Every year, hundreds of dogs die in hot vehicles. On a 90 degree day in (the ironically named) Truth or Consequences, New Mexico, and Shelly Nicholas’ dog almost became a statistic.
Nicholas claims that she only left the dog for 10 minutes while she, her daughter, and her boyfriend shopped at a Bullocks supermarket. When she returned, police officers were waiting to confront her. What happened next has animal lovers cheering and Nicholas alleging police misconduct.
The officers presented Nicholas with a chart showing the internal temperature of an unventilated vehicle. In less than 10 minutes, the truck was estimated at 114 degrees – a veritable death trap.
Officer Vincent Kreischer was outraged by Nicholas’ nonchalant behavior and insistence that it “wasn’t that hot” inside her truck. In response, Kreischer can be heard telling her:
“You can wait in the truck and close the door – you know, since it’s ‘not that hot.’”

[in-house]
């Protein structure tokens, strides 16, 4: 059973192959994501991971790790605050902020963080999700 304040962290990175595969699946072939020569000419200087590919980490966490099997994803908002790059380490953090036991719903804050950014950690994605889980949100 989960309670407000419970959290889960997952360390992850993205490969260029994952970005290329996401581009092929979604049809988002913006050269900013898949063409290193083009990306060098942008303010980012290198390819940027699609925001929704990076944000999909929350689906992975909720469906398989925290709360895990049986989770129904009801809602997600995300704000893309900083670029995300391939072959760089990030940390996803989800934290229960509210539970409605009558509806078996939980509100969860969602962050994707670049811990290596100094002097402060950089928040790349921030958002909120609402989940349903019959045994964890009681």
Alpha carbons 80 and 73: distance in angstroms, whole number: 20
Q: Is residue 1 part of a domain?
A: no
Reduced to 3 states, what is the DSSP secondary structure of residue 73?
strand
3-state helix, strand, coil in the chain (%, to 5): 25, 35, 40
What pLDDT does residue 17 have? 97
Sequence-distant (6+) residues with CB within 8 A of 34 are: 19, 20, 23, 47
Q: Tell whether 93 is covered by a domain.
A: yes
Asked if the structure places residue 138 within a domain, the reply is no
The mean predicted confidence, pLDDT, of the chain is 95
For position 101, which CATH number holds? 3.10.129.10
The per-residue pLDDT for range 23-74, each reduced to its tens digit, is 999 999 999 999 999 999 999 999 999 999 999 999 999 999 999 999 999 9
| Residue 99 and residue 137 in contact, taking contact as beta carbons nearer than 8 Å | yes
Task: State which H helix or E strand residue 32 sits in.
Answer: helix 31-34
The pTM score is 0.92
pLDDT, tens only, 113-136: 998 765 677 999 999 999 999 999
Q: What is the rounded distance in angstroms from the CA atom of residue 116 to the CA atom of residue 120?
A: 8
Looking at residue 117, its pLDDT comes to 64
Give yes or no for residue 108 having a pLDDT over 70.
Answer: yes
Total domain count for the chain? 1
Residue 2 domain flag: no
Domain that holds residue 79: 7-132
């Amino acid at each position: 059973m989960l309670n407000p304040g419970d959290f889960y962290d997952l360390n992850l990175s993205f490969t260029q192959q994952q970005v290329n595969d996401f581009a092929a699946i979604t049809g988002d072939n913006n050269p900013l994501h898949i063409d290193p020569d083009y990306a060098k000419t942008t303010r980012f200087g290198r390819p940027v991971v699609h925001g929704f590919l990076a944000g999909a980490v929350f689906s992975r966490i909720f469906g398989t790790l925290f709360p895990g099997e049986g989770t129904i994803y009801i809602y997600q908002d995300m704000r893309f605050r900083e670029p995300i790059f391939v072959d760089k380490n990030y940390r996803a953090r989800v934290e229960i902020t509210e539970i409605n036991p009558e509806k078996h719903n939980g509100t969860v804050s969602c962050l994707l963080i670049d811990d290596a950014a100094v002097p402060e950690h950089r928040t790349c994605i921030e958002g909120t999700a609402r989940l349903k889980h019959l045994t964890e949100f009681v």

Nicholas later contacted KOB News saying she took Kreischer’s comment as an order and that he was “abusive.” She also filed a complaint with the Truth or Consequences Police Department.
Officer Kreischer captured the details of his encounter with Nicholas via the lapel cam pinned to his uniform. What do you make of their controversial encounter?
In a similar incident, a police officer in Strongsville, Ohio, allegedly made a woman sit in a hot car so she could see what it felt like for her dog. The woman reportedly left the dog in a Nissan Sentra while she shopped at WalMart. When she returned she told the responding officer that the dog was “fine.”
What happened next was captured in the The Strongville Police blotter and published by the Sun News:
“To prove a point, the officer made the woman sit inside of the warm car with the windows up and without the engine on for a few minutes,” the report read. “The woman said she was fine but the officer noted she looked uncomfortable. The woman was advised if she did this again she would be cited.”
Do you think police should have the right to “make the punishment fit the crime” when it comes to life or death situations like dogs in hot cars?